One investigation employed a factual report on small-farm economics that featured either a representative distribution of interviews with successful and failing farmers or involved only farmers in financial difficulties. The immediate measurement of issue perception showed that the one-sided exemplification produced a particularly bleak view of family farming. The 2-week delayed measurement yielded the same result, indicating that the created perceptions were stable over at least such a period. A parallel study explored the effects of pictorial exemplars. Instead of textual exemplars, photographs of successful or failing farmers were interspersed in the report. The effects were ascertained immediately versus 10 days later. The effects were again stable over time.
Using the same basic design, an investigation of risk perception concerning carjackings involved a factual report that highlighted different consequences for victims. Victims were presented either as having come to minor harm, as having suffered considerable bodily injury, or as having been killed. The immediate measurement showed that the respondents’ apprehensions about the crime of carjacking increased with the severity of injury suffered by the exemplars of the news report. The 1-week delayed measurement revealed that the apprehensions not only persisted but had actually increased.
Again using the same design, an investigation of health concerns indicated prolonged and potentially growing effects. Exposure to a program explicating the risks of skin cancer involved either threatening or rather innocuous images of the cancer’s visible manifestations. Immediately after exposure, the difference in imagery failed to produce appreciably different effects on risk perceptions, presumably because the effect of the imagery was overpowered by the immediacy of the textual message. In contrast, 2 weeks after exposure the threatening imagery showed a stronger, increased effect on the respondents’ assessment of the threat of this cancer to others and to themselves. Whereas much of the text’s influence had apparently been lost, the recalled imagery could at later times dominate the message’s influence. To safeguard against possible extrinsic influences during the delay period, issues were chosen that, during data collection, were not on the media agenda. Additionally, pre-tests ensured that respondents had little, if any, knowledge of the selected issues.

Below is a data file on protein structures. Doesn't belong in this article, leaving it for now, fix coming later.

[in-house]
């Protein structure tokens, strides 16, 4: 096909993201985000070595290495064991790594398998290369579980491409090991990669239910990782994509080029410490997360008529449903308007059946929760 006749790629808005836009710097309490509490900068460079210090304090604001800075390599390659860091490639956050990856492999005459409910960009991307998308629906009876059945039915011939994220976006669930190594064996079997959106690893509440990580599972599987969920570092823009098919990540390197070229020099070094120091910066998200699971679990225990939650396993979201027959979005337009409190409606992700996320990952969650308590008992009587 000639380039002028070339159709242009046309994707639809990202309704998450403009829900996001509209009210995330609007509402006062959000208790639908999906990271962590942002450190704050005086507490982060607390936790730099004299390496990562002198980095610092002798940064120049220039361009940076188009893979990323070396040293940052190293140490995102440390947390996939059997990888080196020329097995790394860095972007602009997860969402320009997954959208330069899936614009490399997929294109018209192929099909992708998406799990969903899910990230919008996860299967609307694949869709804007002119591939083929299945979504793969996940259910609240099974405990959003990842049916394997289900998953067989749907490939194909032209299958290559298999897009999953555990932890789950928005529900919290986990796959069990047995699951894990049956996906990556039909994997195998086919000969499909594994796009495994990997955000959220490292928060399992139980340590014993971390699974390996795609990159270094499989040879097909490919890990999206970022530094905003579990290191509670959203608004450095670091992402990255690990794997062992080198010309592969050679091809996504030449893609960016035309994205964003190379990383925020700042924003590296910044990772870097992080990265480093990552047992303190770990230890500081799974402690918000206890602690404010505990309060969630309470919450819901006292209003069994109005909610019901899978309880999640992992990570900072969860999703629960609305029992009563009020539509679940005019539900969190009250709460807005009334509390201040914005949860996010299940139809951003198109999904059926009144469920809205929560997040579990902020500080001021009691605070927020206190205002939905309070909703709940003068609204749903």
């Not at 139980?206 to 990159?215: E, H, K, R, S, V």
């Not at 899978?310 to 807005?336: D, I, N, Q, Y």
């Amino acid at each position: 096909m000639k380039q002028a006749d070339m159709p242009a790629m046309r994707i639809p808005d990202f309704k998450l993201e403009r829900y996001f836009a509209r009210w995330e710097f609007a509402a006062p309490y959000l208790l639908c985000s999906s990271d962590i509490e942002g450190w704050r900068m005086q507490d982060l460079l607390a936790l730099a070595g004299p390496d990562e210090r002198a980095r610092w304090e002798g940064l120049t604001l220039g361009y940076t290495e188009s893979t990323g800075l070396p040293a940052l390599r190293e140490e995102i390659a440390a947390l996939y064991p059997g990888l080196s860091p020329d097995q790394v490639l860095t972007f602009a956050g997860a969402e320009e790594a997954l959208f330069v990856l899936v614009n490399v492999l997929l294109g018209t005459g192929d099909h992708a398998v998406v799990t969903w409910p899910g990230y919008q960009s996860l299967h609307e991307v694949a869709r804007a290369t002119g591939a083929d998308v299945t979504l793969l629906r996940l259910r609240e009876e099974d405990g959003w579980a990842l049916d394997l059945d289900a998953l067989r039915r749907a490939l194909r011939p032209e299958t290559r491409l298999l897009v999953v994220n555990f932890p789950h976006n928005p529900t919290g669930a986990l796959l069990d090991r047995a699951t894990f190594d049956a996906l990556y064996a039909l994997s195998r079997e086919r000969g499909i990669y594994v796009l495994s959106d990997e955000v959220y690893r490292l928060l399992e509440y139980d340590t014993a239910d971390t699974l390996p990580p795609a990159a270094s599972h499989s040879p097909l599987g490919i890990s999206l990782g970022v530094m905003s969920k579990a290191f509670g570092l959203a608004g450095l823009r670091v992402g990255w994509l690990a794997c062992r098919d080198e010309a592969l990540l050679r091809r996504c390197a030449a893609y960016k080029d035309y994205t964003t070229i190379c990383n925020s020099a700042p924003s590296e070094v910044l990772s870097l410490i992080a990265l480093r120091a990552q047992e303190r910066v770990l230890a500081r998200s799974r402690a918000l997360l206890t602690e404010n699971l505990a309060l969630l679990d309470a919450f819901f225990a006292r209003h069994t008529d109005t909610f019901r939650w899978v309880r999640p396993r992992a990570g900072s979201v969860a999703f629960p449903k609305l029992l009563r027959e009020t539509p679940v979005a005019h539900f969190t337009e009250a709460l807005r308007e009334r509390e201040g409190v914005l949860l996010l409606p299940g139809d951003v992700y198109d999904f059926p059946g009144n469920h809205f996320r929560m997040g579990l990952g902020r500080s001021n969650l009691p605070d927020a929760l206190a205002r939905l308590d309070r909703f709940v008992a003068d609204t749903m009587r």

The duration of most of the described effects may be substantially longer than reported. In the absence of further delayed assessments, this remains conjecture, however.
Duration Of Long-Term Effects (Months, Years)
Research on health-promoting messages often ascertains effects in repeated assessments over extended periods.
An investigation into the effects of different appeals in a campaign aimed at improving sun-protective behavior, for instance, found that particularly direct und unmitigated language fostered more compliant behavior than alternative means of expression (Buller et al. 2000). This effect was not only observed immediately after message reception, but also 6 months later.
In another study, aimed at increasing fruit and vegetable consumption, messages were tailored or not tailored to the respondents’ personal situation (Heimendinger et al. 2005). Interviews were conducted after 5 and 12 months. Compared to an untailored appeal, tailored messages, especially multiply applied ones, proved longitudinally more effective in improving dietary behavior.
Concerning long-term effects of exposure to media violence, a 1-year study was conducted with nursery-school children (Singer & Singer 1981). The children’s viewing habits and their aggressive behavior were recorded during several selected periods and compared in cross-lagged fashion. In some of these periods, earlier viewing was correlated with later aggression, but earlier aggression was also correlated with later viewing. The pattern thus suggested reciprocal influences.